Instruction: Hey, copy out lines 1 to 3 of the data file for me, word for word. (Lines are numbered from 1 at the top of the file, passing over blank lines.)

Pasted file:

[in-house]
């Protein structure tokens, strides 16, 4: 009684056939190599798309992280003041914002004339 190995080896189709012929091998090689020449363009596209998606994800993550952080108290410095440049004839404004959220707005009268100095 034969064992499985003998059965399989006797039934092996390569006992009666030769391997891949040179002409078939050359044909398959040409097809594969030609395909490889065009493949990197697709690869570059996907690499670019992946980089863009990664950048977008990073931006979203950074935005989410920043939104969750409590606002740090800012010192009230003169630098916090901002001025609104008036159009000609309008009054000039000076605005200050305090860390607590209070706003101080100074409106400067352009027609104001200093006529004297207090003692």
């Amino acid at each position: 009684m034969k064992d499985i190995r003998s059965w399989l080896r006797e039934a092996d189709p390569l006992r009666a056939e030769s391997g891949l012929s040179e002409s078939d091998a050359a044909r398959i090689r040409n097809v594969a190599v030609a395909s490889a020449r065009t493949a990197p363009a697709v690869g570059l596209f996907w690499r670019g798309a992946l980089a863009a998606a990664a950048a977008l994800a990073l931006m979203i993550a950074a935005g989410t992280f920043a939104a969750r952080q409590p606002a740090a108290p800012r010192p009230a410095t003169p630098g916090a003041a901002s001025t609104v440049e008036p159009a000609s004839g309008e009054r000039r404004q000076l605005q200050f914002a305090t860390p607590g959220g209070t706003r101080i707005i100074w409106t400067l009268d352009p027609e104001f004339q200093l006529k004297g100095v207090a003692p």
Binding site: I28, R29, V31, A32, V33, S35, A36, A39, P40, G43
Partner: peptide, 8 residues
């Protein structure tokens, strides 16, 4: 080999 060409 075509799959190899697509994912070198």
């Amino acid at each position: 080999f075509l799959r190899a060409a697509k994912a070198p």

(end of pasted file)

[in-house]
């Protein structure tokens, strides 16, 4: 009684056939190599798309992280003041914002004339 190995080896189709012929091998090689020449363009596209998606994800993550952080108290410095440049004839404004959220707005009268100095 034969064992499985003998059965399989006797039934092996390569006992009666030769391997891949040179002409078939050359044909398959040409097809594969030609395909490889065009493949990197697709690869570059996907690499670019992946980089863009990664950048977008990073931006979203950074935005989410920043939104969750409590606002740090800012010192009230003169630098916090901002001025609104008036159009000609309008009054000039000076605005200050305090860390607590209070706003101080100074409106400067352009027609104001200093006529004297207090003692």
């Amino acid at each position: 009684m034969k064992d499985i190995r003998s059965w399989l080896r006797e039934a092996d189709p390569l006992r009666a056939e030769s391997g891949l012929s040179e002409s078939d091998a050359a044909r398959i090689r040409n097809v594969a190599v030609a395909s490889a020449r065009t493949a990197p363009a697709v690869g570059l596209f996907w690499r670019g798309a992946l980089a863009a998606a990664a950048a977008l994800a990073l931006m979203i993550a950074a935005g989410t992280f920043a939104a969750r952080q409590p606002a740090a108290p800012r010192p009230a410095t003169p630098g916090a003041a901002s001025t609104v440049e008036p159009a000609s004839g309008e009054r000039r404004q000076l605005q200050f914002a305090t860390p607590g959220g209070t706003r101080i707005i100074w409106t400067l009268d352009p027609e104001f004339q200093l006529k004297g100095v207090a003692p």